The transliteration and translation editor
This facility will be a central working point of the system once
finished. What we present now is just a model. It allows parallel
edition of the text translation and transliteration, which can be
saved separately. The advantage is that this allows multiple
translations to be edited for one text.
FIGURE 6 : TRANSLATION EDITOR
In the editor, all texts are synchronized : the edited line is
always displayed in translation, transliteration, and
hieroglyphs. We worked a little with the model, and it seems to be
quite suitable. We linked it with the dictionary, and it is now
possible to look for the word selected in the hieroglyphic window.
One of the most important facility a database can provide is the
possibility to retrieve the information it contains. So our base
allows to find a words (given in transliteration) in the
texts. For texts which have been manually transliterated, it
should look in the man-made transliteration, because it's
supposed to be accurate. But (as we'll see later), we have a
automatic transliteration program that produce a rough
transliteration. It's quite fast on a basic Pentium computer, and
can be used if no time is available to write a
transliteration. The search made in this case is not complete nor
sure : some occurrences might be lost, and some words founds can
be errors. Yet, it can give a fast initial working base, and it
should improve with our transliteration system.
In Figure 7, we have the result of the search for the word
Axt, and an example of a solution.
FIGURE 7 : SEARCH RESULT
Natural Language processing
The system includes (currently only in its UNIX version) a prolog
interpretor which allows us to use natural language processing
techniques more easily. We had sketched in [ROS94] a transliteration system. After having
worked more on syntactic analysis problems, we had a student,
L. KERBOUL, working on the subject . [KER97]. As the result was interesting, we
decided to work again on transliteration, and if possible, to end
up with a usable system. A detailed technical description does not
fit here; let's only say that the basic principle is still the one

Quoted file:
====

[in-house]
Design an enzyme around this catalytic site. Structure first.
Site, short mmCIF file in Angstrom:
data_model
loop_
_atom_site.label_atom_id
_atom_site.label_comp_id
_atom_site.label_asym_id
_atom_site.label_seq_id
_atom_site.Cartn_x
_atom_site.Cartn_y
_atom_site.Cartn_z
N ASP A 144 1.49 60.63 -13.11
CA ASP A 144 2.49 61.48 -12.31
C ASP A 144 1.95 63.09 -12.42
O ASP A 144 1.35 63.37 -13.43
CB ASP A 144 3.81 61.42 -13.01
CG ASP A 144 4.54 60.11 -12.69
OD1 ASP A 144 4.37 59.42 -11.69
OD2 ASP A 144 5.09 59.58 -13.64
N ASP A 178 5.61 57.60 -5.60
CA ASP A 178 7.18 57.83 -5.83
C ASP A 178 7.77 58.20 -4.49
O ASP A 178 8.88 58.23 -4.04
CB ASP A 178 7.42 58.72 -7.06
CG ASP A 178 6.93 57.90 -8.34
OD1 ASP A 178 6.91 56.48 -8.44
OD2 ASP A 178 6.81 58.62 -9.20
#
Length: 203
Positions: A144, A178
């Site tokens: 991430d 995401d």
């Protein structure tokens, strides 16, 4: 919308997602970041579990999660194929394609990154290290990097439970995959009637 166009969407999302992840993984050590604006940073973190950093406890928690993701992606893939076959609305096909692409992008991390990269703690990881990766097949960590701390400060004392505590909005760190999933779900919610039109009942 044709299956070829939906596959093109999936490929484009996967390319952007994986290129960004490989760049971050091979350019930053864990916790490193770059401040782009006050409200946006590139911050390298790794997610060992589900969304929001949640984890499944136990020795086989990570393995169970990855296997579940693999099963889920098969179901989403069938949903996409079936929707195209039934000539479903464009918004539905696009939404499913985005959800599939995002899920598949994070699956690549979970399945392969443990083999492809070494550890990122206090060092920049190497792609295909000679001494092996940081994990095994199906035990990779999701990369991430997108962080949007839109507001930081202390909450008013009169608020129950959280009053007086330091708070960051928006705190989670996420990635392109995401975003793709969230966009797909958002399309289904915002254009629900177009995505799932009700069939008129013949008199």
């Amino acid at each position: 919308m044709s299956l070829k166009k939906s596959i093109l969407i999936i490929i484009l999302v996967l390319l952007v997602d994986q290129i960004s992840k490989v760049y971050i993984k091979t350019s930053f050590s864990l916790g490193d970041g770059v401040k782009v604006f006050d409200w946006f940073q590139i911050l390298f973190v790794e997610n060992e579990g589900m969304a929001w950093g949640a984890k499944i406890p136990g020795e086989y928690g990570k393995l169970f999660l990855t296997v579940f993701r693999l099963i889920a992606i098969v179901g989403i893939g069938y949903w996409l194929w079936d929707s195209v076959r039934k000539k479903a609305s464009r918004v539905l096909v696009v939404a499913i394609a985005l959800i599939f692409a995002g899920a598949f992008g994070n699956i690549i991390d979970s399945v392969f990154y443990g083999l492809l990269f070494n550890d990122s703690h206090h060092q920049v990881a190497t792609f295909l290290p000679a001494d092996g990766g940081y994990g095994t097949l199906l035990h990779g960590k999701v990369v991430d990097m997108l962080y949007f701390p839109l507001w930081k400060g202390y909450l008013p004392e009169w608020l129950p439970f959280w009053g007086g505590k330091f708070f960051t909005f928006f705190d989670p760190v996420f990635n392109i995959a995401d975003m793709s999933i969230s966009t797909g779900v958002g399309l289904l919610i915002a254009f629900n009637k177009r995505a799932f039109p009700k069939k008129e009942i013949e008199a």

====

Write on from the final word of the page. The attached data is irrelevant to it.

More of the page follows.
described previously, but the performances have much improved. The
main problem now is word cutting, which is a difficult
problem. For this, the best solution would be an interactive one,
the system proposing word-cuttings, and the user changing them. It
is, interestingly, the solution used by some in editing Asian
language (an example for Thai in MCB97)
The developments axis of the system will be :
- improvement of the editing system
- improvement of the natural language processing system -- ultimately with the incorporation of grammatical information
- creation of an exchange module --- to allow easy information sharing and exchange, using disks or even the net.
The system I've just described is still in his infancy. Its
foundations are however quite sound, and it works well. Now what it
needs is users, to make it live, to propose friendlier interfaces,
and useful additions.
TCL and TK
TCL/TK is a programming language developped by John
OUSTERHOUT at Cambridge University (USA) and then
in the SUN research department. It is a simple, powerful,
cross-platform language, specially designed to be embedable in
programs written in compiled languages like C or Pascal. Tksesh is
based on a number of extensions, written in C, to TCL/TK. It runs
under UNIX and Windows 95. Due to the flexible nature of TCL, it
is possible to use tksesh to write little application that would
need to display hieroglyphs.
The system will be available free of financial charges, as "textware":
if the system is of some use to you, please contribute some texts. It
would be definitly better to ask which texts are needed before sending
At the time being, the software is quite young, and has had very
few users. For this reason, I don't release it by simply putting
it on a ftp server. You will have to register first. The details
about obtaining the system will be available by next autumn on
S. BILLET, 1995,
Apports à l'acquisition interactive de connaissances
Thèse de doctorat de l'Université Montpellier II
(another approach of automated translitteration).
F. KERBOUL, 1997,
Translittération automatique des hiéroglyphes
Rapport de stage de l'ENSTA
P. CHAREONPORNSAWAT and
Feature-based Thai Word Segmentation
Language Processing Pacific Rim Symposium 1997, Phuket,
S. ROSMORDUC, 1996,
Traitement automatique du langage naturel en moyen égyptien
In Robert VERGNIEUX, editor,
Xieme conférence Informatique et Égyptologie
S. ROSMORDUC, 1996,
Analyse morpho-syntaxique de textes non ponctués
Thèse de doctorat, École normale supérieure de Cachan,